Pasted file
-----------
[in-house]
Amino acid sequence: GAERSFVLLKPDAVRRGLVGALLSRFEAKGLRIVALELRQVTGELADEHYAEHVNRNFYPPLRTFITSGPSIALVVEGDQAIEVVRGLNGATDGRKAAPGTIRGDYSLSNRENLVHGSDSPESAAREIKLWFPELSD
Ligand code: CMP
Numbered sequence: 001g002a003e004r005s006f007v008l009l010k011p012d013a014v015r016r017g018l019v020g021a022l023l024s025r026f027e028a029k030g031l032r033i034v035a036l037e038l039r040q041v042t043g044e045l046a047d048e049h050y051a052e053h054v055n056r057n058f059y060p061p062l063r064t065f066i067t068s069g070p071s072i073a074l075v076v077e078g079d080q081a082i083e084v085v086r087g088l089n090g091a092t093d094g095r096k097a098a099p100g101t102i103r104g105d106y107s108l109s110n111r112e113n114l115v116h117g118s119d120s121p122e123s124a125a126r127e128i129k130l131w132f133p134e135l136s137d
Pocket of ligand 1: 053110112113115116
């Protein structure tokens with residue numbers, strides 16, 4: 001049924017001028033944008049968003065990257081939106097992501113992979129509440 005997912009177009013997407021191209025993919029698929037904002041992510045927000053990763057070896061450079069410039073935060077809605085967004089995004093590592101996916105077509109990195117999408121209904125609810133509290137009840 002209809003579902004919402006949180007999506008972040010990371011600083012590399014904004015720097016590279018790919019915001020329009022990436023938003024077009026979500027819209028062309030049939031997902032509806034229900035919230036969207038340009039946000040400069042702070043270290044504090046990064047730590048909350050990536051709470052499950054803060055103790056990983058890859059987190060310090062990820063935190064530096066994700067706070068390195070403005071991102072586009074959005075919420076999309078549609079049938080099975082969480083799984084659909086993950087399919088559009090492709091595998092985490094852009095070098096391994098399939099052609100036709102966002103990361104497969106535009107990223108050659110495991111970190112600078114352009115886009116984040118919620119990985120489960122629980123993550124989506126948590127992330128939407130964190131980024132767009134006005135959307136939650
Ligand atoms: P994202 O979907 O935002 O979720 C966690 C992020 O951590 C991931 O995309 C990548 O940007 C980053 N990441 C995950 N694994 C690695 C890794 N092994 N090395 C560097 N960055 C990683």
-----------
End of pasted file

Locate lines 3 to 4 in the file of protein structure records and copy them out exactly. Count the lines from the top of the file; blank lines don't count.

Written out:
Ligand code: CMP
Numbered sequence: 001g002a003e004r005s006f007v008l009l010k011p012d013a014v015r016r017g018l019v020g021a022l023l024s025r026f027e028a029k030g031l032r033i034v035a036l037e038l039r040q041v042t043g044e045l046a047d048e049h050y051a052e053h054v055n056r057n058f059y060p061p062l063r064t065f066i067t068s069g070p071s072i073a074l075v076v077e078g079d080q081a082i083e084v085v086r087g088l089n090g091a092t093d094g095r096k097a098a099p100g101t102i103r104g105d106y107s108l109s110n111r112e113n114l115v116h117g118s119d120s121p122e123s124a125a126r127e128i129k130l131w132f133p134e135l136s137d